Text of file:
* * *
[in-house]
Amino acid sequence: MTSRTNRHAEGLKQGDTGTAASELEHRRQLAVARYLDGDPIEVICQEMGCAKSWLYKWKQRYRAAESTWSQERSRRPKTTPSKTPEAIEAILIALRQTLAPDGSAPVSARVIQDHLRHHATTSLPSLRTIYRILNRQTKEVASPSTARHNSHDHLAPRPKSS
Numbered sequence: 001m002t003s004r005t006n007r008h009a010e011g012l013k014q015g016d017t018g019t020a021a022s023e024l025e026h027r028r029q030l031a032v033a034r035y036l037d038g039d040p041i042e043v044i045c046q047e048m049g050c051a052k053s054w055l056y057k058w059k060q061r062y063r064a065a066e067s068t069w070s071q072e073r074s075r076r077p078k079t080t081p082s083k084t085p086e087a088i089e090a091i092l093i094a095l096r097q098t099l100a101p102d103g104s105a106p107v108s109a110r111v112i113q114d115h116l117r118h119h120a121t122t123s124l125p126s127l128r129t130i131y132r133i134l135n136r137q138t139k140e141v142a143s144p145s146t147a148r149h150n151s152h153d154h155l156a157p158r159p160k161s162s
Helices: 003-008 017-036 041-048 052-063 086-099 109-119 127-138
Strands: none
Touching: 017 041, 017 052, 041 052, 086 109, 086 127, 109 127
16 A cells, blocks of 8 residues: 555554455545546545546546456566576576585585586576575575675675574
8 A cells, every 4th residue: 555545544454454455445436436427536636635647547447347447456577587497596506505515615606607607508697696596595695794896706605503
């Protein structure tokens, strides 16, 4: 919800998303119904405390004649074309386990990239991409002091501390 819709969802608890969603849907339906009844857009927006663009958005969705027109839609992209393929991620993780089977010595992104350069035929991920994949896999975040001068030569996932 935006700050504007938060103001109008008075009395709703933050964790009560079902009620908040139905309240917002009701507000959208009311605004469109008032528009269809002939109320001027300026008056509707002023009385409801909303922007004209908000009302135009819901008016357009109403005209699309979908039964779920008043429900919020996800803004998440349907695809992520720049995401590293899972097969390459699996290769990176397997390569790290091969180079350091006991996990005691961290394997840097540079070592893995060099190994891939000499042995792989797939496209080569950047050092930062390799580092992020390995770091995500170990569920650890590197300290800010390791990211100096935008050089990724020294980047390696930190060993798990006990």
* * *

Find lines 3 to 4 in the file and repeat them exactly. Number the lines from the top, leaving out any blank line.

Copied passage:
Numbered sequence: 001m002t003s004r005t006n007r008h009a010e011g012l013k014q015g016d017t018g019t020a021a022s023e024l025e026h027r028r029q030l031a032v033a034r035y036l037d038g039d040p041i042e043v044i045c046q047e048m049g050c051a052k053s054w055l056y057k058w059k060q061r062y063r064a065a066e067s068t069w070s071q072e073r074s075r076r077p078k079t080t081p082s083k084t085p086e087a088i089e090a091i092l093i094a095l096r097q098t099l100a101p102d103g104s105a106p107v108s109a110r111v112i113q114d115h116l117r118h119h120a121t122t123s124l125p126s127l128r129t130i131y132r133i134l135n136r137q138t139k140e141v142a143s144p145s146t147a148r149h150n151s152h153d154h155l156a157p158r159p160k161s162s
Helices: 003-008 017-036 041-048 052-063 086-099 109-119 127-138